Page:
Čeněk Růžička: Is it so hard to grasp that we Roma want to witness the opening of our people's burial sites?
In my opinion, one of the important features of the culture of 98% of the indigenous Czech Roma and Sinti is that they bury the deceased members of their families in magnificent tombs and follow the rule that human remains are not to be manipulated. If, for especially serious reasons, such manipulation must happen, for sacred reasons the manipulation of the remains is always supervised by a family member.
A few days ago, at the burial site supposedly used by the former concentration camp for Romani people at Lety u Písku, which is supposedly located near the current memorial, at the wish of my extended family and of others, the uneven landscaping that gives the impression that the victims of the camp are buried there was opened up. Even though for years we have been convinced that our family members have been buried exactly there, near the current memorial to the concentration camp victims, we have also had reasonable doubts.
Those doubts were prompted by several essential matters, including testimonies by surviving prisoners, a drawing of the location of the burial site in relation to the site of the camp, dated from the time it was running, and a small map showing each grave with a number and the name of the victim. I have repeatedly informed both the Czech Culture Ministry and the director of the Museum of Romani Culture, about whom there is no doubt that she knows this aspect of our culture and should be guided by it, that the burial sites should not be opened without a relative of those buried there in attendance.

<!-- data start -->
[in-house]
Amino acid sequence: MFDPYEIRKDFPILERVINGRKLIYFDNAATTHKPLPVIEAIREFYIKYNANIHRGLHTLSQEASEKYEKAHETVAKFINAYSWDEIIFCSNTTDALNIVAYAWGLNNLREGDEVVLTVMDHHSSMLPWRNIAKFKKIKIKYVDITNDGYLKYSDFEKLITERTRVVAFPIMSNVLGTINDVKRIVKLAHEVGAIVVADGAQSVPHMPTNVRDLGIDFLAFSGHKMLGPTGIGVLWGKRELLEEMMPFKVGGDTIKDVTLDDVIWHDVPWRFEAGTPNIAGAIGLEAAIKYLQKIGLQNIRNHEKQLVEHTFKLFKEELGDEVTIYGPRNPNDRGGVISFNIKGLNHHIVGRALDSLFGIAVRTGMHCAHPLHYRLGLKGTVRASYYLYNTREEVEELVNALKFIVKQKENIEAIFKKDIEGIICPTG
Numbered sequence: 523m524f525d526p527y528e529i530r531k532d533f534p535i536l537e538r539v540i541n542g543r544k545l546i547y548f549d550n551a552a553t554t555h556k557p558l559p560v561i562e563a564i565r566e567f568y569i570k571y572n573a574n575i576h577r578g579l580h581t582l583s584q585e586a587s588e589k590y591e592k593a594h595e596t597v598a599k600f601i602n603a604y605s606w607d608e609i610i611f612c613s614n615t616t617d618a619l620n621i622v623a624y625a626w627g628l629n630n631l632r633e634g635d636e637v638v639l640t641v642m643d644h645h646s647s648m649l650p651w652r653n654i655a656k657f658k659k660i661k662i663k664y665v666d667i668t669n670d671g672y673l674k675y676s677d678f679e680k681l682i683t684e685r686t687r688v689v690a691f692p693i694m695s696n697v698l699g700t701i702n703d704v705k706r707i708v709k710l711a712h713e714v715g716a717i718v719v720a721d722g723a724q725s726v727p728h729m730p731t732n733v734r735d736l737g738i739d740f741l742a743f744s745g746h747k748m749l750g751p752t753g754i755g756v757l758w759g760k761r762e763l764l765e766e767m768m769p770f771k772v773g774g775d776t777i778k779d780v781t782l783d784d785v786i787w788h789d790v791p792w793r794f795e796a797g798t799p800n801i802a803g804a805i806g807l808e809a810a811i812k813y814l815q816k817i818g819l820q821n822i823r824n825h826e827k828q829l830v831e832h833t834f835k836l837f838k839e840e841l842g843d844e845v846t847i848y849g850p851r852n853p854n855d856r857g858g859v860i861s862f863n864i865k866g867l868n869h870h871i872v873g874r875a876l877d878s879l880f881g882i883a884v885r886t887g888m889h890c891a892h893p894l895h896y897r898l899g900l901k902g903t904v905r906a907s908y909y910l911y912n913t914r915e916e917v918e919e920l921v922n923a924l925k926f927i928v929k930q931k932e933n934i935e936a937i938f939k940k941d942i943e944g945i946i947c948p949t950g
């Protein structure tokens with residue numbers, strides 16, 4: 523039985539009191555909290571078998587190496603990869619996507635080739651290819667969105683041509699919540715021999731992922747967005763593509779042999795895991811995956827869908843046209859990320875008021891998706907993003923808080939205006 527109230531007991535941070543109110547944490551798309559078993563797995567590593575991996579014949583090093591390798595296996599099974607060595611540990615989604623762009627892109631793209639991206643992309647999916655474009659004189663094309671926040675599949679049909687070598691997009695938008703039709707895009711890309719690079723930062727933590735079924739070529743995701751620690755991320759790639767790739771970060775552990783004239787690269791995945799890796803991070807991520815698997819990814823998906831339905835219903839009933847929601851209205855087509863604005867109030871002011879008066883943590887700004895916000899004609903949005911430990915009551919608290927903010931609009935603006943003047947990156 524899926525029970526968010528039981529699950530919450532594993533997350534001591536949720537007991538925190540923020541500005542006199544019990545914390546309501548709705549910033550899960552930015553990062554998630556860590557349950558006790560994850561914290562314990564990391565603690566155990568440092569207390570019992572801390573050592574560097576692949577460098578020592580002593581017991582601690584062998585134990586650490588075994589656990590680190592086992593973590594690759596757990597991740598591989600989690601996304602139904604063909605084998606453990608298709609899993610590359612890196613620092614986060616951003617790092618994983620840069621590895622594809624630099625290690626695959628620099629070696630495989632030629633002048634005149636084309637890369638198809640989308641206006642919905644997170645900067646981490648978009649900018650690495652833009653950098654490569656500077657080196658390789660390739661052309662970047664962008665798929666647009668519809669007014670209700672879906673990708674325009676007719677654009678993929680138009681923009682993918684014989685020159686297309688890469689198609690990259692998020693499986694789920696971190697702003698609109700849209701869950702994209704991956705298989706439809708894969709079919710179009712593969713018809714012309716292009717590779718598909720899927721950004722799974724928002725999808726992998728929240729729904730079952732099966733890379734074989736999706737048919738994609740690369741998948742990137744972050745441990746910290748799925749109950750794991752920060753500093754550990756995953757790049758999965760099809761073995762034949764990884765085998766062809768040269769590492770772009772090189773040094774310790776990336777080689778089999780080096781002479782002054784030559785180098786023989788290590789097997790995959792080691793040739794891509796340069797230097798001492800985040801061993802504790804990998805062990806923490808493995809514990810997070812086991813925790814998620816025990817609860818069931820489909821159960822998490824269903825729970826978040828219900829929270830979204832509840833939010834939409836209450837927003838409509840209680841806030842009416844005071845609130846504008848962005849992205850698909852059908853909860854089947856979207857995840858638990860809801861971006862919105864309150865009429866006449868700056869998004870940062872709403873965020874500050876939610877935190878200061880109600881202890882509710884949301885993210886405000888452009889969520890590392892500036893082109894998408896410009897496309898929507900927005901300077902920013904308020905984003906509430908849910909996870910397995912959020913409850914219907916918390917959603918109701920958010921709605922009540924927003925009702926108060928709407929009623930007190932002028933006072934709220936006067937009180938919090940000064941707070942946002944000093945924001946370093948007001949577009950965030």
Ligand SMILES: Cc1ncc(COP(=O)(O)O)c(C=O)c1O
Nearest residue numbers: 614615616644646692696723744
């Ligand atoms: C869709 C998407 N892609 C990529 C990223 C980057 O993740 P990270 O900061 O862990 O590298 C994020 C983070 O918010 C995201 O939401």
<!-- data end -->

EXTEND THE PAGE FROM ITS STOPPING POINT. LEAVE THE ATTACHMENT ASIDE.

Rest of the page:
On the morning of 9 November I happened to contact the Museum to ask how the work was progressing on removing the buildings of the defunct pig farm from the former concentration camp site and when the survey of the burial ground would be happening - I had not heard anything from the manager of the archaeological survey about any "graves" being already opened. The answer I received was: "Mr Strašák will answer your questions," - and after that, no other response.
I did not encounter Mr Strašák again until I saw him at the burial site on Monday, i.e., at the memorial site where the archaeologists were already completing their work. I ask all the esteemed interested parties: What are we to believe is going on here?
In the video interview recently published, Mr Strašák says: “... if we find human remains, a forensic anthropologist is prepared ...". That means you all assumed you would discover remains, and despite that, you did not inform the relatives of those who might be buried there that the survey was happening.
The fact that you did not find any remains yet has surprised you. What are we Roma to believe about all of this?
How many times do I have to explain to you all what respect for the dead involves for the Czech Roma and Sinti? Is it so hard to grasp?
Čeněk Růžička is a relative of the victims of the Lety concentration camp
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